As strength and conditioning coaches, it is imperative that we have a good understanding of what fatigue really is. A dictionary definition might be a decrease in energy, but most of us would say that fatigue is a decrease in force production. That might be acceptable to tell your athletes, but do you really understand what is going on? Let’s take a close look into what fatigue really is and it’s untapped potential.
There are two classes of fatigue: “peripheral” and “central”. The more commonly known and understood is peripheral fatigue. Peripheral fatigue is what is happening in the extremities, more specifically the muscles. This is usually due to action potential failure or impairment in the cross-bridge cycle. Studies have shown that there is an increase in lactic acid concentration and a decrease in pH, ATP, and creatine phosphate. Also, there is a decrease in muscle or liver glycogen stores during sub maximal exercise which is all believed to cause fatigue. These metabolic processes add up together to prevent the muscle from a forceful contraction. Essentially, you can look at peripheral fatigue as the muscle no longer capable of producing the force that it is being asked to produce. An example would be doing 1,000 bicep curls and getting the “BURN”.
Less commonly known is central fatigue. Central fatigue is a decrease in neural drive or a disruption in the efferent fibers. In more simple terms, central fatigue originates in the brain. There is limited research on this phenomenon, but studies show that during exercise there is a change in neurotransmitters, such as increase in serotonin, which can regulate muscle contraction among other things, and a decrease in dopamine and acetylcholine which play a role in voluntary movement, motivation, attention, working memory, and learning; and then opens ligand-gated sodium channels in skeletal muscle to produce muscle activation, respectively. Now, I know neurology wasn’t my favorite class either so to develop the big picture, let's just say when there is increase in neural drive, there is an increase in neurotransmitter activity which results in a decrease in brain capacity to recruit motor neurons. This is that feeling of your body just not doing what you ask it to do although your muscles aren’t on fire, that “I just don’t have it today” feeling.
The debate on central fatigue is that I mentioned it being a disruption in efferent fibers. Proponents of peripheral fatigue will argue that it is just the opposite, and that it is the afferent fibers that cause a change in the neurotransmitters. Meaning that muscles, by way of the mentioned metabolic processes, are sending sensory information to the brain that then activate the change in the neurotransmitters to stop exercise. But then studies have shown that fatigue doesn’t start in the motor cortex but even further up in cortical regions, as in the prefrontal and cingulate cortex. So what comes first, the chicken or the egg?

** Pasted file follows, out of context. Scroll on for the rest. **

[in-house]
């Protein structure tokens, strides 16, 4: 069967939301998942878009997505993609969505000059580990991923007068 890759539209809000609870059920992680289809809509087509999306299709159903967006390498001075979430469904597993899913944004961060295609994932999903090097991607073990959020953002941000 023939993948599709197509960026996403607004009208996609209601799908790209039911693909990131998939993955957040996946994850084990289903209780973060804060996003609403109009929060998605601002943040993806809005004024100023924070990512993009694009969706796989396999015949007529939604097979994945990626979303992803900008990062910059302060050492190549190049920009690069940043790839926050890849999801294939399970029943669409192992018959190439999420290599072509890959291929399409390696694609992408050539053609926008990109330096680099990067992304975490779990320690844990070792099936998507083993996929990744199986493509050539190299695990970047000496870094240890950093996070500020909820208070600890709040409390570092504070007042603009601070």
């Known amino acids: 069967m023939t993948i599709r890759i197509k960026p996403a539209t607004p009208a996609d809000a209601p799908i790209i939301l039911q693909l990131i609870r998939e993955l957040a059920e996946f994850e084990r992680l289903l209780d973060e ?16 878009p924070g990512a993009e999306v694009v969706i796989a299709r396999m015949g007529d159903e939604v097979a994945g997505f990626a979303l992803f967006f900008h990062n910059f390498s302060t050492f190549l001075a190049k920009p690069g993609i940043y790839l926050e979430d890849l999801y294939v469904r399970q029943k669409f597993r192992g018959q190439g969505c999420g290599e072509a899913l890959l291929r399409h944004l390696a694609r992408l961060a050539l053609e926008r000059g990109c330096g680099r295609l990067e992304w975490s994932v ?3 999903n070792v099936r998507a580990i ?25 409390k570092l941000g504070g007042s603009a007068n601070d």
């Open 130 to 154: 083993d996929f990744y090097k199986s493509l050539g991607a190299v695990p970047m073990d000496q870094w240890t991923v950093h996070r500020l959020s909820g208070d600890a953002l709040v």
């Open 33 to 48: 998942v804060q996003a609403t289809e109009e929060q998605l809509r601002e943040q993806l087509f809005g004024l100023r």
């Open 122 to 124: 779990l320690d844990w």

No studies have shown a physiological change with no change on perceived fatigue. Actually, just the opposite has been shown. Perceived fatigue has been expressed with no physiological change. Chronic fatigue syndrome is just that; patients express fatigue at rest when there is no impairment of the metabolic processes that we discussed. . Consider the fact you can produce more force during an eccentric lift than a concentric lift, which would suggest different neural drives. Studies show that at most during maximal voluntary contraction (MVC) one can only recruit 70% of motor units and some suggest that 100% recruitment would tear tendons right off the bone. On the other side perhaps central fatigue takes place as a protective mechanism. By changing neurotransmitter activity your brain will not allow 100% MVC. So what are your muscles actually capable of and what can you do about it?
Whether you believe it is the chicken or the egg that comes first, you can’t argue that they both have a role in fatigue. Metabolic processes do take place and your brain does prevent 100% MVC. So how do decrease the protective threshold? For the sake of this article, we will save the idea of over training for another time and just focus on a single training session. In order to get more out of our athletes, we need to engage their brain. Increase dopamine and acetylcholine. Studies have shown that verbal encouragement during activity will increase the duration of the contraction. Others have shown that yelling during a lift actually can increase force production. Another study showed that when subjects were asked to give maximal effort during a cycling sprint their power output decreased over the reps except it increased on their last rep, indicating a “reserve tank”. Perhaps the brain protects less knowing that it is your last rep. Perhaps this developed during the pre-historic era when our ancestors had to hunt for their food, but maintain a reserve tank of energy in case they became the hunted. Either way, we need to tap into that reserve tank. One way to achieve this is by including open looped activities. Doing 10 reps or sprinting for 1 minute is a closed loop activity because you know when it will stop allowing you to pace yourself. So including an open loop activity is one way to do short maximal effort without pacing yourself, such as having your athlete sprint for an unknown time stopping when you decide to blow the whistle. Challenge yourself to develop ways for the conscious brain to control the unconscious brain. Don’t allow your athletes to pace themselves. Training is not about surviving, it is about DESTROYING.
If a mother is able to lift a car to save her child, find a way for your athlete to lift a bus, because they can.
Keke Lyles is a DPT student at Northeastern University and has worked directly with both the Men’s and Women’s Basketball teams.
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